While listening to a podcast about a successful businessman from Lagos, Nigeria, I heard a motivating message that reminded me to always give my best, regardless of the situation.
This story was told by the man’s daughter, as he had already made his journey to be with the Lord.
She said, “My father surprised me one day when a friend appeared at our doorstep. The man had an interview scheduled for the next day, but he was frantic because he did not own a suit. My father never wavered or hesitated. He grabbed his best suit from the closet and gave it to the man.”
She was stunned. “Father, how can you give away your best suit? Isn’t this your favorite suit?”
He replied, “When I give away something that means so much to me, I know I’m doing things for the right reason. That suit will do more good for him than for me.”
Doing Our Best
Those of you from San Antonio have most likely heard of the annual Fiesta Oyster Bake event. One of our parish ministries, LOVESTRONG Marriage, agreed to work the pulled pork booth on a Saturday, starting from 9 am to midnight.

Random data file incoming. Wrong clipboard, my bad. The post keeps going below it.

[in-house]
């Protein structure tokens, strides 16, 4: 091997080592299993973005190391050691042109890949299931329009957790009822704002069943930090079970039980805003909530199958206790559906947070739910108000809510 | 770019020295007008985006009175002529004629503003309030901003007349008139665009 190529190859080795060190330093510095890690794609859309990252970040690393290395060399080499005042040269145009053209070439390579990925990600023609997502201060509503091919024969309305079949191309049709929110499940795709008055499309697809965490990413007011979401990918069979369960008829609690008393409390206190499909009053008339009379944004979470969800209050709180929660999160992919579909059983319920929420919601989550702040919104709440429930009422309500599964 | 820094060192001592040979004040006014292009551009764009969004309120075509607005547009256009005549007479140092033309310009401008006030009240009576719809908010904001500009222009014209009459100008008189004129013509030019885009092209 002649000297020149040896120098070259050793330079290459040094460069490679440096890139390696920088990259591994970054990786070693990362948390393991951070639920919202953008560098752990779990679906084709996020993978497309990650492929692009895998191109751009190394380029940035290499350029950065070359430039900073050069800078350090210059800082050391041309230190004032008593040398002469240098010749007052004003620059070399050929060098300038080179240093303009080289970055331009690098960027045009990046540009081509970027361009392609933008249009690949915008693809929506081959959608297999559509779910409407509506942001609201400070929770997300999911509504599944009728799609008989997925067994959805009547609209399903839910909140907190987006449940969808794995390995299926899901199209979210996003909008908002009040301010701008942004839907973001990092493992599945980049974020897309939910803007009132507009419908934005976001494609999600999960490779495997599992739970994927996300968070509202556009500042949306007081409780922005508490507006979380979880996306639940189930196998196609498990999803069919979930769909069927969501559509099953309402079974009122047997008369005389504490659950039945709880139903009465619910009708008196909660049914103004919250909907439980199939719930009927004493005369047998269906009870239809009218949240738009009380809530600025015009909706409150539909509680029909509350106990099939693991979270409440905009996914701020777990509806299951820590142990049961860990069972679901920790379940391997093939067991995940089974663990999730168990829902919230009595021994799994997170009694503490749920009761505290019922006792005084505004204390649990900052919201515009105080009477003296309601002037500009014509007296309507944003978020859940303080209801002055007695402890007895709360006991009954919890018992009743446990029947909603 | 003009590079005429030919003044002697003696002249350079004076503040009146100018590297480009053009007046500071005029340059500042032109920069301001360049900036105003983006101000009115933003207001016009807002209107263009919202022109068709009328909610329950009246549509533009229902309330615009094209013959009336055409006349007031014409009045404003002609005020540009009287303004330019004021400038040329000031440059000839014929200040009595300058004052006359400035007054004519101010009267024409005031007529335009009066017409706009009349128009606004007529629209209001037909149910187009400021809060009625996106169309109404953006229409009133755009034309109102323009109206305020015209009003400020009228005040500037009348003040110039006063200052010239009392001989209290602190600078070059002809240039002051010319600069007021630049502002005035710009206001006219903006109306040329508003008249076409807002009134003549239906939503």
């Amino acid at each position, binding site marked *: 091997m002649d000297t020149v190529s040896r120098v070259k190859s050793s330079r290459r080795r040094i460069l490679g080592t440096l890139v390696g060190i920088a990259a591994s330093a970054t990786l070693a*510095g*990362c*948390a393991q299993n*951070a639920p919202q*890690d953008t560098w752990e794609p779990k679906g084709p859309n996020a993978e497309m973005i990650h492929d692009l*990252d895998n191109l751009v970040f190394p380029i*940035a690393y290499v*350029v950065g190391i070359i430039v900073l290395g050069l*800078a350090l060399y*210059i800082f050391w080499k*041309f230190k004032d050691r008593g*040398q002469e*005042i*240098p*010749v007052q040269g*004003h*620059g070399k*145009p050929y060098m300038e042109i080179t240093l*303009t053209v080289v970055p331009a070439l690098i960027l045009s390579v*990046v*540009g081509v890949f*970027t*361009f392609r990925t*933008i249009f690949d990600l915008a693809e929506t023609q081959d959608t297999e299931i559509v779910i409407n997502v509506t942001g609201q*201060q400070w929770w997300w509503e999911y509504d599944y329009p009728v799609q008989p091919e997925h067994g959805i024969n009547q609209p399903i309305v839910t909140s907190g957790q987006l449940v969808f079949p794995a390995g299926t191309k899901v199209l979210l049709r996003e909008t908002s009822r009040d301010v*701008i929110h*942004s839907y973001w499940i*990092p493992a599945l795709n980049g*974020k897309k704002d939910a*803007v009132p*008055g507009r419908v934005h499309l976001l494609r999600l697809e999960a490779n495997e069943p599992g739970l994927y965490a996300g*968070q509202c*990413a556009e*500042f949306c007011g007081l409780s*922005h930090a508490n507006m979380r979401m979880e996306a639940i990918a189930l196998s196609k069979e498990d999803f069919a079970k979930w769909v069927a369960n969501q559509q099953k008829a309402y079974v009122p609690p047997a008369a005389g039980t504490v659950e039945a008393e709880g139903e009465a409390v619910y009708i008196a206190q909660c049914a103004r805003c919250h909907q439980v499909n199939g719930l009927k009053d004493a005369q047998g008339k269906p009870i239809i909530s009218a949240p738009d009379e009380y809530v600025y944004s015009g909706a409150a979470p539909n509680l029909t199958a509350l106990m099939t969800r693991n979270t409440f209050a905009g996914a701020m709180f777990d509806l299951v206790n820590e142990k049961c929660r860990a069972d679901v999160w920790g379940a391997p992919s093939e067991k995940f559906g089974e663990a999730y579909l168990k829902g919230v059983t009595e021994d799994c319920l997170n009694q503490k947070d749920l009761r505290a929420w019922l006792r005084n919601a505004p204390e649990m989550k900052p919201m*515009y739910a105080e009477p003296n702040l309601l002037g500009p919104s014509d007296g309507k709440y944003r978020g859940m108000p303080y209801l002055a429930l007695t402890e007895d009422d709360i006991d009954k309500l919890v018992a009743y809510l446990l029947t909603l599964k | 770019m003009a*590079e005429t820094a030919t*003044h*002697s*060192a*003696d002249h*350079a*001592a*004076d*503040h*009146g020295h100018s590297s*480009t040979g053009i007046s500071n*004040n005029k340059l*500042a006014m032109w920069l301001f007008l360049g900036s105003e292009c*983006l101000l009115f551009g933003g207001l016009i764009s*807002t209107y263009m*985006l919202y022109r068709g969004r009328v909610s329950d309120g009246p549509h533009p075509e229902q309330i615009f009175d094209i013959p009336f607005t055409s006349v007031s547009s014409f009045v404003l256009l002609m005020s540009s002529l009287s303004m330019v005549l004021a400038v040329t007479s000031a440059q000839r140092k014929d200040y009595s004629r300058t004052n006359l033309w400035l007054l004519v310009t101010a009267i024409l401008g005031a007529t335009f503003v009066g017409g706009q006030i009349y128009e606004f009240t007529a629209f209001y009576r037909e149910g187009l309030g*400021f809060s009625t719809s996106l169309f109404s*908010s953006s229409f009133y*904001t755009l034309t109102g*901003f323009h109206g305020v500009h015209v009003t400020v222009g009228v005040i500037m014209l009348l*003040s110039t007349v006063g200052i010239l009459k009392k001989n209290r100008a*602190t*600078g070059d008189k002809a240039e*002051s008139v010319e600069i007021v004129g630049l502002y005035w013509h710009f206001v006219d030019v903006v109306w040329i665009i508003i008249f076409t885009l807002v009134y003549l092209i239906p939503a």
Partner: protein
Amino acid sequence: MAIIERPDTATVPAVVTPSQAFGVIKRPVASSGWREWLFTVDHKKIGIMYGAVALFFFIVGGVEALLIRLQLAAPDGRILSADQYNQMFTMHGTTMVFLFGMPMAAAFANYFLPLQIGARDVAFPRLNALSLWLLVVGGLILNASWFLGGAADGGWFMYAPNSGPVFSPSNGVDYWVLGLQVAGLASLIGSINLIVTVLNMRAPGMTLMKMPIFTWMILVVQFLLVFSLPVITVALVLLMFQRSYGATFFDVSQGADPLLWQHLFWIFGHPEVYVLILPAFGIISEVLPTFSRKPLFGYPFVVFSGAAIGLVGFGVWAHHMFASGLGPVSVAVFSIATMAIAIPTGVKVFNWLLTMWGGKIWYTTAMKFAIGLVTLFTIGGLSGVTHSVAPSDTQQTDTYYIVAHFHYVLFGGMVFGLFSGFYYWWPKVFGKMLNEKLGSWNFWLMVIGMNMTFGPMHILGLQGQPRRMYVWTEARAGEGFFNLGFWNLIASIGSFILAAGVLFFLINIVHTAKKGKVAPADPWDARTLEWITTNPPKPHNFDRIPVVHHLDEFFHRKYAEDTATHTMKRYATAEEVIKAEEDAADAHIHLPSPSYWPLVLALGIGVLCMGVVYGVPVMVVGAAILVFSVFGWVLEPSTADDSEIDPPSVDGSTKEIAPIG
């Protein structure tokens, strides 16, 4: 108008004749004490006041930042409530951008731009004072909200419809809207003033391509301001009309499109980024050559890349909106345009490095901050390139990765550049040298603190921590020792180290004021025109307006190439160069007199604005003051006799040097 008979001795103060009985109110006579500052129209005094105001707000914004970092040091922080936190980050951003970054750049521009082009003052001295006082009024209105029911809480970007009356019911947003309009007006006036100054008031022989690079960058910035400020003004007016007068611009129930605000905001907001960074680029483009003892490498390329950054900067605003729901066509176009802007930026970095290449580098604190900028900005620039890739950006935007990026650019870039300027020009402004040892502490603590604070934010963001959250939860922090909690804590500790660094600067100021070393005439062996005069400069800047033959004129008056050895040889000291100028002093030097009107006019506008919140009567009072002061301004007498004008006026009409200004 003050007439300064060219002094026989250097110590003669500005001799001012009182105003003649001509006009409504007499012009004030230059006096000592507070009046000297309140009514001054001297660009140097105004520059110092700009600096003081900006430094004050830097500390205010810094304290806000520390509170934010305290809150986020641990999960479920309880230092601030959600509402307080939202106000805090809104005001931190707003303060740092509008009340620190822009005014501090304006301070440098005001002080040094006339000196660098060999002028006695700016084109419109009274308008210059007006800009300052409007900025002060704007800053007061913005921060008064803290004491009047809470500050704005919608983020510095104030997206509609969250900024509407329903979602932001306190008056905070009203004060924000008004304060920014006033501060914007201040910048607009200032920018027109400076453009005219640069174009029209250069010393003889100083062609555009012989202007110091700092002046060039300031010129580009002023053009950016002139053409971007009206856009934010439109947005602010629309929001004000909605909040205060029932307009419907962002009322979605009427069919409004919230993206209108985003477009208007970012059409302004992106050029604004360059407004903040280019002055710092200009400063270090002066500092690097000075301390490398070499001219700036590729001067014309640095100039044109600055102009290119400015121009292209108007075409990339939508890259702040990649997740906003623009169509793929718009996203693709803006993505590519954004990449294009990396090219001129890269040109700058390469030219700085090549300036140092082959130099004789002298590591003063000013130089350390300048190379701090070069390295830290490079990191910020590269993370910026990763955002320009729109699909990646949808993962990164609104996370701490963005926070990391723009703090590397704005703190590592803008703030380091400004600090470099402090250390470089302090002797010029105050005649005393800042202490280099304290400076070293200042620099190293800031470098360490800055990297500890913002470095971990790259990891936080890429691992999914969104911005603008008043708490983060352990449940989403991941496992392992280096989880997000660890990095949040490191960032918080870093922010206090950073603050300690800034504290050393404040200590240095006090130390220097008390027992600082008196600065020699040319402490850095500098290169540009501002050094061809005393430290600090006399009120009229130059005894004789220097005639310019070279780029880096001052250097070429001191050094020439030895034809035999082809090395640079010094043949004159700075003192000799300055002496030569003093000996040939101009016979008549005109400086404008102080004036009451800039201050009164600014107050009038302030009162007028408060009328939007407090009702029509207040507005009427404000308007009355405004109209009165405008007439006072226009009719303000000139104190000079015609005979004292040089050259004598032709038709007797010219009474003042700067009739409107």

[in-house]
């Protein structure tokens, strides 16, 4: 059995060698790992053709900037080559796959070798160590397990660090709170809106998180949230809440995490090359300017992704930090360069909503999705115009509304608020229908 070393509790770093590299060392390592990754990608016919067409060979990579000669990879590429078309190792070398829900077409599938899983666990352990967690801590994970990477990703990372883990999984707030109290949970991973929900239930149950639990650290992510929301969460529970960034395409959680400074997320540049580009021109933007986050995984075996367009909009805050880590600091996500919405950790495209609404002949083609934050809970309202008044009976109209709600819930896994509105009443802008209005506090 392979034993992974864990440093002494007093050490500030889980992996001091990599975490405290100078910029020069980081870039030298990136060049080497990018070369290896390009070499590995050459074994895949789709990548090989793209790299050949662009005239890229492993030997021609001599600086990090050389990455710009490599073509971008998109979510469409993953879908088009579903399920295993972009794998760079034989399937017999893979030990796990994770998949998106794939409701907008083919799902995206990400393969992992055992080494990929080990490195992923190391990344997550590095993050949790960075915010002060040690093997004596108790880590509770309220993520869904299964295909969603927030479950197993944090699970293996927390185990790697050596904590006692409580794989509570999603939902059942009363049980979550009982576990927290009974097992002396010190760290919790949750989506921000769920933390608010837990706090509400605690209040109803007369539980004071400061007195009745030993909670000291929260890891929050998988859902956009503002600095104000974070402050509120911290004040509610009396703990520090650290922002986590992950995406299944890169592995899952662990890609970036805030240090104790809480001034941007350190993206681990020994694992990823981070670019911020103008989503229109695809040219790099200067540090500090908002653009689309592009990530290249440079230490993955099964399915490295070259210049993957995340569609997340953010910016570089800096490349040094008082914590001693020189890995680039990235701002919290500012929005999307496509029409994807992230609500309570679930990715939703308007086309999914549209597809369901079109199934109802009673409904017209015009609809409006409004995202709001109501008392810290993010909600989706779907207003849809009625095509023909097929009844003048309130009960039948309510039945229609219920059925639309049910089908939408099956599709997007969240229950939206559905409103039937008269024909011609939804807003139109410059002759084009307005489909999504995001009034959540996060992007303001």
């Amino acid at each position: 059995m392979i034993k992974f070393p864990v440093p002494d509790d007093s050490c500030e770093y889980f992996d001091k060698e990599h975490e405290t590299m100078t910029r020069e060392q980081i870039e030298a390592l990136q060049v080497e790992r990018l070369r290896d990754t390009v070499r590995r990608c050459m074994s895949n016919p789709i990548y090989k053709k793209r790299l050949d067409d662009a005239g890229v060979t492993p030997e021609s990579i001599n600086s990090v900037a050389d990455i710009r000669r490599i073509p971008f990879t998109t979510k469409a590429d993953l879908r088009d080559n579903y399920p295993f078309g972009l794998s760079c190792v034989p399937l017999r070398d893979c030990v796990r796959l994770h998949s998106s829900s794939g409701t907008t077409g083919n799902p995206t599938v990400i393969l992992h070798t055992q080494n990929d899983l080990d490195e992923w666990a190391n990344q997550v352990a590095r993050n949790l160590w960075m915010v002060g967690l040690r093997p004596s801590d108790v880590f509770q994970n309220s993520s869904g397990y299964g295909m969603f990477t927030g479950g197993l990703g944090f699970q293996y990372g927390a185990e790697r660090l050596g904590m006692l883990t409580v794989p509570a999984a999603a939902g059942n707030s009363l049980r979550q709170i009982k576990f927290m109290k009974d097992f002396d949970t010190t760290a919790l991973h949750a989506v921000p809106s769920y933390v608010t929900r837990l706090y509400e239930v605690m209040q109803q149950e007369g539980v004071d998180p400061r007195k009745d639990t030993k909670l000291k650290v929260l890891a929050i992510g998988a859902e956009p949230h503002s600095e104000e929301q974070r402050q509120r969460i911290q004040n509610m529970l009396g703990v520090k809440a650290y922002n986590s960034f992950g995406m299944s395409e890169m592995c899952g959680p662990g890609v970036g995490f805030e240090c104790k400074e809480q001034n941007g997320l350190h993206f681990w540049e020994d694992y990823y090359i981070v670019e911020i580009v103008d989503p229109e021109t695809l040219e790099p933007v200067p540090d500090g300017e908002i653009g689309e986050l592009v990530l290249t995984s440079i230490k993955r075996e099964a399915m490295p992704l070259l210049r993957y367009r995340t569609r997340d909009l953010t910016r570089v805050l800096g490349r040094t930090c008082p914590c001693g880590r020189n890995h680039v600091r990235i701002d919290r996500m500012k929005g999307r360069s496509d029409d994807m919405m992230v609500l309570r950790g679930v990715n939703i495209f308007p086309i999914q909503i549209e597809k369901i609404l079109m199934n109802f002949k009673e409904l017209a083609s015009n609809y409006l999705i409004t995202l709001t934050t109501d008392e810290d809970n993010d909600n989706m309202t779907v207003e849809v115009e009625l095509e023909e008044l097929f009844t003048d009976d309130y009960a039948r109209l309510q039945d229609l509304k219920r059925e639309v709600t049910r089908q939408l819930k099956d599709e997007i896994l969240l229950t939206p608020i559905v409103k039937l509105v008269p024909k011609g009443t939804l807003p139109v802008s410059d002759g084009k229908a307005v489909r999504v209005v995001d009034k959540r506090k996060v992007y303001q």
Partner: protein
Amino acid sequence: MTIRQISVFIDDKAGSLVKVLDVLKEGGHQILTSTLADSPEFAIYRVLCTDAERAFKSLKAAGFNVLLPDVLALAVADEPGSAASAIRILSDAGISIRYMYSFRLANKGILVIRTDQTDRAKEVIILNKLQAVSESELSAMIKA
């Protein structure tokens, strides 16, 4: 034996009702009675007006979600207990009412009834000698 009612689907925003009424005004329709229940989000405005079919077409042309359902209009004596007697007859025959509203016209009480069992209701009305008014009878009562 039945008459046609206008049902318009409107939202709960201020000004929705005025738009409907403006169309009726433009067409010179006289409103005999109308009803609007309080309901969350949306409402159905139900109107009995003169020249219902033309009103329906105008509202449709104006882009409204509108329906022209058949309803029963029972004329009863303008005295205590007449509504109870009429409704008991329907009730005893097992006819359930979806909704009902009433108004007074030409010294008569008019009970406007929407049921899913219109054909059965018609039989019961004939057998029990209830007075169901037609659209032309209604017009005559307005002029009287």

This was my first time spearheading the registration effort for this volunteer opportunity. It was also my first time working a booth, so I was a bit nervous. I was happy it was a couple’s event, so I would not be alone. In fact, the fellowship was great because each shift had multiple couples participating.
I was impressed that every couple committed to giving their best. All 20 couples arrived on time and with great energy to work their 2-hour shifts.
No one complained.
No one sat around waiting to be directed. Everyone took action and made sure we served the best pulled pork tacos to the hungry crowd.
We gave away our best suit, and we loved every minute of it!
As I get a bit older, and perhaps wiser, I realize the value of intention. It’s important that I am clear regarding why I am involved in anything.
This attitude and mindset even hold true in my work as a college professor. If I merely go through the mechanics of teaching, such as delivering a lecture and grading assignments, I am not doing my best.
In other words, there is a sharp distinction between doing what I must do vs. what I should do. I am a far more effective teacher when I am pleasant with my students, show empathy when necessary, and when others can tell I love my work.
If I am unable to go the extra mile in my work, it’s probably time to do something else.
My salary is often calculated by the quantity of work I do. However, the real value I can bring to my students and colleagues may be hard to pinpoint.
In other words, showing love, compassion, and caring for others is difficult to measure. Yet, these values are what others remember most when interacting with me.
The message for me … Love others first, and don’t worry about receiving anything in return.